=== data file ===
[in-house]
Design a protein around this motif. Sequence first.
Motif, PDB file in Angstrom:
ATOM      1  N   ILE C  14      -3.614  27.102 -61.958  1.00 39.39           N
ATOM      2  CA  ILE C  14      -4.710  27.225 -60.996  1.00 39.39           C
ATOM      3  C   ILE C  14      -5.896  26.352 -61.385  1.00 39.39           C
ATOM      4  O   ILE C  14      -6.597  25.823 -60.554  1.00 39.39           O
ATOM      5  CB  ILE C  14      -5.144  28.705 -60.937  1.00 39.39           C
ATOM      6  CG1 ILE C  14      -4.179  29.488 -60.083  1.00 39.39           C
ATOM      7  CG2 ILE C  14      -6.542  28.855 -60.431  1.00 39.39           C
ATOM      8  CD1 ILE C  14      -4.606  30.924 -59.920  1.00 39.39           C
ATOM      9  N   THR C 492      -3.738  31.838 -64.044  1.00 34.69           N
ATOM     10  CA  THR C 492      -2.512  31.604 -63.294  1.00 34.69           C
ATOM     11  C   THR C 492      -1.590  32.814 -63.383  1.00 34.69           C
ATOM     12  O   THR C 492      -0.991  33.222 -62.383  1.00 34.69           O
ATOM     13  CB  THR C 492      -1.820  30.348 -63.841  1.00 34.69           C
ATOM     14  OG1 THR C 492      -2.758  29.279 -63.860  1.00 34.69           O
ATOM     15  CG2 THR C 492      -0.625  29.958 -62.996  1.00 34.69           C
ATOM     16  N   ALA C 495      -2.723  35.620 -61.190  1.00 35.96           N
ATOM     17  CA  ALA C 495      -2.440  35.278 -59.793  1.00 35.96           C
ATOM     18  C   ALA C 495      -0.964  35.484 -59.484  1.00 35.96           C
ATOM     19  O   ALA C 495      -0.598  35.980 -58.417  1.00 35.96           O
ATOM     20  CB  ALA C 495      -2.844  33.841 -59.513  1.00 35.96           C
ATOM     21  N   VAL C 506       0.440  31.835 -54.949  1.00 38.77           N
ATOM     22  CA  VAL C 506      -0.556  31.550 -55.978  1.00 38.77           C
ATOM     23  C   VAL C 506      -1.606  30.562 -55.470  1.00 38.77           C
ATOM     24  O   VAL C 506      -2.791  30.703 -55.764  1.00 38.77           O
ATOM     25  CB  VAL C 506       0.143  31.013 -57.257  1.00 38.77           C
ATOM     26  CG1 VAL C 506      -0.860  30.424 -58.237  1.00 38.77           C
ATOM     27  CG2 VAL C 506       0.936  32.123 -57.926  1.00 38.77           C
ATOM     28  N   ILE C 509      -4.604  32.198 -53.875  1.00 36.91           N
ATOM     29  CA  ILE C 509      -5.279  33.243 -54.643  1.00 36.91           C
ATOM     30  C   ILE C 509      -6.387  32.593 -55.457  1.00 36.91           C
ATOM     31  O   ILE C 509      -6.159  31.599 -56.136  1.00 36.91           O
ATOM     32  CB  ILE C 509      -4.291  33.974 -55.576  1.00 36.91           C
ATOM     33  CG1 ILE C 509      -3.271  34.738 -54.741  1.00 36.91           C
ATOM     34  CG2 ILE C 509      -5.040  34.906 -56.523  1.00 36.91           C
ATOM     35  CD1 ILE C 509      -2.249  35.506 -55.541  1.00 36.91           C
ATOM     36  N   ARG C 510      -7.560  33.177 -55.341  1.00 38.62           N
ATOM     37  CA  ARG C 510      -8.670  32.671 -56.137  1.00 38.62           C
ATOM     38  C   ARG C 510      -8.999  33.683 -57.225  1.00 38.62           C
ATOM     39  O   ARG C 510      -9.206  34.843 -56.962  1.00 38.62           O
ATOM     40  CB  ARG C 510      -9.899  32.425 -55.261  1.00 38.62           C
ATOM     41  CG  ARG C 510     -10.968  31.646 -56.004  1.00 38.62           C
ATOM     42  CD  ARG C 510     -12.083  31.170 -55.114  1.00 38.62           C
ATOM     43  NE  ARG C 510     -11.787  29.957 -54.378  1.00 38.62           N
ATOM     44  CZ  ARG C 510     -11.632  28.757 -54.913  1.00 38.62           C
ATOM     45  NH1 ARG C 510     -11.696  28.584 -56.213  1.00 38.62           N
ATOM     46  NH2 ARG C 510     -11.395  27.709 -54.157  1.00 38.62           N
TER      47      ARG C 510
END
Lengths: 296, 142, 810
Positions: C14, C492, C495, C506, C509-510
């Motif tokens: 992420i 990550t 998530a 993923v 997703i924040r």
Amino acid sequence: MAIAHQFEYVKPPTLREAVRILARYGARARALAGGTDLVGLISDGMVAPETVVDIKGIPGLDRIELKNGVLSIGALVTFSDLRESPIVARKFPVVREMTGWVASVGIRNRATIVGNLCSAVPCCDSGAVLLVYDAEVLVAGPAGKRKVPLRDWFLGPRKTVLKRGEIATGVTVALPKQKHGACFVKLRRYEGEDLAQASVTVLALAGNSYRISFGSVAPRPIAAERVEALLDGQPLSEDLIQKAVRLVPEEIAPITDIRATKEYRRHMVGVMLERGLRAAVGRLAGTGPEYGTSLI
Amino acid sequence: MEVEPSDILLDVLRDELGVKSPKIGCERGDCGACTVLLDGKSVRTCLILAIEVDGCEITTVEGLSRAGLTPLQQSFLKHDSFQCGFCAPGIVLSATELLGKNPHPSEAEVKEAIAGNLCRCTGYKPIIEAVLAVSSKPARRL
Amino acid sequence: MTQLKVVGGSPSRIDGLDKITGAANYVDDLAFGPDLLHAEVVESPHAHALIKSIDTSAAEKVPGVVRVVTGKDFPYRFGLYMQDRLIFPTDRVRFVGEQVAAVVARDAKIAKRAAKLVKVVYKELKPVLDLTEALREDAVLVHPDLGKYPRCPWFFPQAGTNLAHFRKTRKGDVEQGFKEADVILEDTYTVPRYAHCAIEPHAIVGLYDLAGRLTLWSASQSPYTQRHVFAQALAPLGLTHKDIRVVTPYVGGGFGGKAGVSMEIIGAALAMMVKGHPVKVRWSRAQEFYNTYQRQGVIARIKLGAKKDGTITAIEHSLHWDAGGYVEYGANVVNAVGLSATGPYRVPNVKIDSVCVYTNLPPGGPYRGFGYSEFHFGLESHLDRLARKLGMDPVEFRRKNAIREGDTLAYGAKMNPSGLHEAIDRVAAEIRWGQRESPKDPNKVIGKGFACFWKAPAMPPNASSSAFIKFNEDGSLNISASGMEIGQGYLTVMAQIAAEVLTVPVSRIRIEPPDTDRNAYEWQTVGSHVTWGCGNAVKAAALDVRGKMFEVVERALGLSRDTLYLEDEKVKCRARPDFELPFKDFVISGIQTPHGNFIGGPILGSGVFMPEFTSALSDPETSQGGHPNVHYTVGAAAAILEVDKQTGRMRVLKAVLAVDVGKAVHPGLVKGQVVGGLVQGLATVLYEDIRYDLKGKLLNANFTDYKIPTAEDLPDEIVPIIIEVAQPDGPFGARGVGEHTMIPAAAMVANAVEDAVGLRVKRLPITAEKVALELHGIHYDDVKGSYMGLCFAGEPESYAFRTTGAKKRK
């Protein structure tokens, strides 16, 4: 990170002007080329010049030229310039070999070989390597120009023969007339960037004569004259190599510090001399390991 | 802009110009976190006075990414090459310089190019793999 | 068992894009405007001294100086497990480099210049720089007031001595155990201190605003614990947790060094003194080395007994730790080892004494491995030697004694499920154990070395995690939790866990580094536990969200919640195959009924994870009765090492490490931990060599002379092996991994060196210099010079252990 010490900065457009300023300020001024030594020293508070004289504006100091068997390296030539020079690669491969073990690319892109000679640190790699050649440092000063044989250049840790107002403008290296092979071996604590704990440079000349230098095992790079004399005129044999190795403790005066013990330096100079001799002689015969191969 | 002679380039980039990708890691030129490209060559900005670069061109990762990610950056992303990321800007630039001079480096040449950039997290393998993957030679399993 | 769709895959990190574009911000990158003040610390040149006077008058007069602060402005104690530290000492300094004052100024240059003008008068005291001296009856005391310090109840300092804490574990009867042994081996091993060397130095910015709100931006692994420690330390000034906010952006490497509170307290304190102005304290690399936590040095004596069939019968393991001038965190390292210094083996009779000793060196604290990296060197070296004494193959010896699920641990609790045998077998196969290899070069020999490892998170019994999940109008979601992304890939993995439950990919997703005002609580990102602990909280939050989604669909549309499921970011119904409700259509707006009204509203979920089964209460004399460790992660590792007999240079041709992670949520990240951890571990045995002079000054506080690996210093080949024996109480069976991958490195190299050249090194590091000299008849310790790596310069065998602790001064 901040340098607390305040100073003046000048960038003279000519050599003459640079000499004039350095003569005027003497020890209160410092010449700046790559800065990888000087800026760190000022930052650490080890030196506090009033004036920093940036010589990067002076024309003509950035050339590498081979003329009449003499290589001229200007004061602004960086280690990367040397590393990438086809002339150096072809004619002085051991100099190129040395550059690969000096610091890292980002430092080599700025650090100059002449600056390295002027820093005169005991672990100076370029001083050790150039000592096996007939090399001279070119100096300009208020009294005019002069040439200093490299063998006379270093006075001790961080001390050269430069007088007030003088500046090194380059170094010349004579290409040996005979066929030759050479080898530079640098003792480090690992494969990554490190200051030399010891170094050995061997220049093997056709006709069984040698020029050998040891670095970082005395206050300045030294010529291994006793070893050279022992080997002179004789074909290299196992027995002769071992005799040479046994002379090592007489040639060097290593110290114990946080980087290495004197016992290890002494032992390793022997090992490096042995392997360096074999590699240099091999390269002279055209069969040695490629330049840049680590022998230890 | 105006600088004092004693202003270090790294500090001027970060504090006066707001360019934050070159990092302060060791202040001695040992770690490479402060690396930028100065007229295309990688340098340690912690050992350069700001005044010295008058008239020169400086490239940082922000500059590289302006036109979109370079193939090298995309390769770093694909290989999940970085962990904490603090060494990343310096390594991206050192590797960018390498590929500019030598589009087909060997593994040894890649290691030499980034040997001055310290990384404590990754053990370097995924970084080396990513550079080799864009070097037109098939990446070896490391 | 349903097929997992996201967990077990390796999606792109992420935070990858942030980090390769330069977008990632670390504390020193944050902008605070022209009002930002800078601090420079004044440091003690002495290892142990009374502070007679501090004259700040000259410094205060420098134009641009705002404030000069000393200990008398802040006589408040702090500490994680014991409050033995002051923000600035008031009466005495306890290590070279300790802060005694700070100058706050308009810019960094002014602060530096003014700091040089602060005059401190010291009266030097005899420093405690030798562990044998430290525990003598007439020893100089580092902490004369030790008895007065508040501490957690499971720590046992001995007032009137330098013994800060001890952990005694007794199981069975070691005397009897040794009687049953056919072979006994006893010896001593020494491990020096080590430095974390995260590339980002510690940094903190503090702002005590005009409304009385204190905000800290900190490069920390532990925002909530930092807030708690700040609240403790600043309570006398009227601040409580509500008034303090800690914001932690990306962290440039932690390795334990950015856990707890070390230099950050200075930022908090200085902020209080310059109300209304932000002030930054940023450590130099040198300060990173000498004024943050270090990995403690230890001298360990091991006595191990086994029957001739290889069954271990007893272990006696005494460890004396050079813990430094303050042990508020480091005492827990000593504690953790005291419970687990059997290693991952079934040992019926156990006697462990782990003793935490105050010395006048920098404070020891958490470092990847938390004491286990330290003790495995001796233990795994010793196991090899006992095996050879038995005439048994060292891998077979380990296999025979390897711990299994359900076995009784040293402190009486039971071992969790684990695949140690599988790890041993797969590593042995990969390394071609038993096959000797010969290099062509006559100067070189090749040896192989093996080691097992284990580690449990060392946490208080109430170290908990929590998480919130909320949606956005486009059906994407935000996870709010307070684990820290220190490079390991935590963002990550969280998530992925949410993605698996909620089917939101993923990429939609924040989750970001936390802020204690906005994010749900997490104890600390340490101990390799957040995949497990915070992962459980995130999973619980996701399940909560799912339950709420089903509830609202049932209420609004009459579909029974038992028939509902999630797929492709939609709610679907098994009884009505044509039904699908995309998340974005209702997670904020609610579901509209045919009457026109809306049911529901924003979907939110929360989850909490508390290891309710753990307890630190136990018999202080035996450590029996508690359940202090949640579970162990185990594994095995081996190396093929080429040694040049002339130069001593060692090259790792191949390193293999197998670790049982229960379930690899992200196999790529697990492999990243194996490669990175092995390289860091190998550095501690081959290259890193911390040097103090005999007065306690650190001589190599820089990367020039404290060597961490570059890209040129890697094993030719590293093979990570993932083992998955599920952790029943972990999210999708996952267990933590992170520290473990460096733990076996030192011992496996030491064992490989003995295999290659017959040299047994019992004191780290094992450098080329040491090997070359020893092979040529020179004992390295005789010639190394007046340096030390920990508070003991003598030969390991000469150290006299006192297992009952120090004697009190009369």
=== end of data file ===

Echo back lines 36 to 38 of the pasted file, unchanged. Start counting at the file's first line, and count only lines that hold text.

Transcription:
ATOM     33  CG1 ILE C 509      -3.271  34.738 -54.741  1.00 36.91           C
ATOM     34  CG2 ILE C 509      -5.040  34.906 -56.523  1.00 36.91           C
ATOM     35  CD1 ILE C 509      -2.249  35.506 -55.541  1.00 36.91           C